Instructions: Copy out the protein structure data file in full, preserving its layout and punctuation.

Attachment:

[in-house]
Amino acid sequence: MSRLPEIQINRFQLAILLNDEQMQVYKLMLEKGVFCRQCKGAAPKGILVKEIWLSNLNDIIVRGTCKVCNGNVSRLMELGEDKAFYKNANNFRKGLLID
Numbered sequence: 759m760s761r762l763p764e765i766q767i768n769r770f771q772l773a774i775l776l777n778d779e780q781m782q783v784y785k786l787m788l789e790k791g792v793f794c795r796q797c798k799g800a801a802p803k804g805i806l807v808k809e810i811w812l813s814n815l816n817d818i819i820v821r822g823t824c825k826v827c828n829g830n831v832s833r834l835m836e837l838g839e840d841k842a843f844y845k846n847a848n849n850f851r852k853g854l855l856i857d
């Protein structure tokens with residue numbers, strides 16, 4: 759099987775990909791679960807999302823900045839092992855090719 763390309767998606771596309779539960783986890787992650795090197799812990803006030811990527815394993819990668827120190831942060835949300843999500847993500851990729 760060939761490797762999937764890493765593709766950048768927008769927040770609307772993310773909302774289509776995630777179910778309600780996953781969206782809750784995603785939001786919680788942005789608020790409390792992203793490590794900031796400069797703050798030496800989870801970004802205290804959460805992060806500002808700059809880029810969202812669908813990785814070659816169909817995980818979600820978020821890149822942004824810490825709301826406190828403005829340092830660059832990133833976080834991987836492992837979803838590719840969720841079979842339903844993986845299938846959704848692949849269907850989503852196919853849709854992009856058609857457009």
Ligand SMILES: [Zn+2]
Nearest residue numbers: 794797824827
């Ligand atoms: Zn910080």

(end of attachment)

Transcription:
[in-house]
Amino acid sequence: MSRLPEIQINRFQLAILLNDEQMQVYKLMLEKGVFCRQCKGAAPKGILVKEIWLSNLNDIIVRGTCKVCNGNVSRLMELGEDKAFYKNANNFRKGLLID
Numbered sequence: 759m760s761r762l763p764e765i766q767i768n769r770f771q772l773a774i775l776l777n778d779e780q781m782q783v784y785k786l787m788l789e790k791g792v793f794c795r796q797c798k799g800a801a802p803k804g805i806l807v808k809e810i811w812l813s814n815l816n817d818i819i820v821r822g823t824c825k826v827c828n829g830n831v832s833r834l835m836e837l838g839e840d841k842a843f844y845k846n847a848n849n850f851r852k853g854l855l856i857d
């Protein structure tokens with residue numbers, strides 16, 4: 759099987775990909791679960807999302823900045839092992855090719 763390309767998606771596309779539960783986890787992650795090197799812990803006030811990527815394993819990668827120190831942060835949300843999500847993500851990729 760060939761490797762999937764890493765593709766950048768927008769927040770609307772993310773909302774289509776995630777179910778309600780996953781969206782809750784995603785939001786919680788942005789608020790409390792992203793490590794900031796400069797703050798030496800989870801970004802205290804959460805992060806500002808700059809880029810969202812669908813990785814070659816169909817995980818979600820978020821890149822942004824810490825709301826406190828403005829340092830660059832990133833976080834991987836492992837979803838590719840969720841079979842339903844993986845299938846959704848692949849269907850989503852196919853849709854992009856058609857457009």
Ligand SMILES: [Zn+2]
Nearest residue numbers: 794797824827
């Ligand atoms: Zn910080």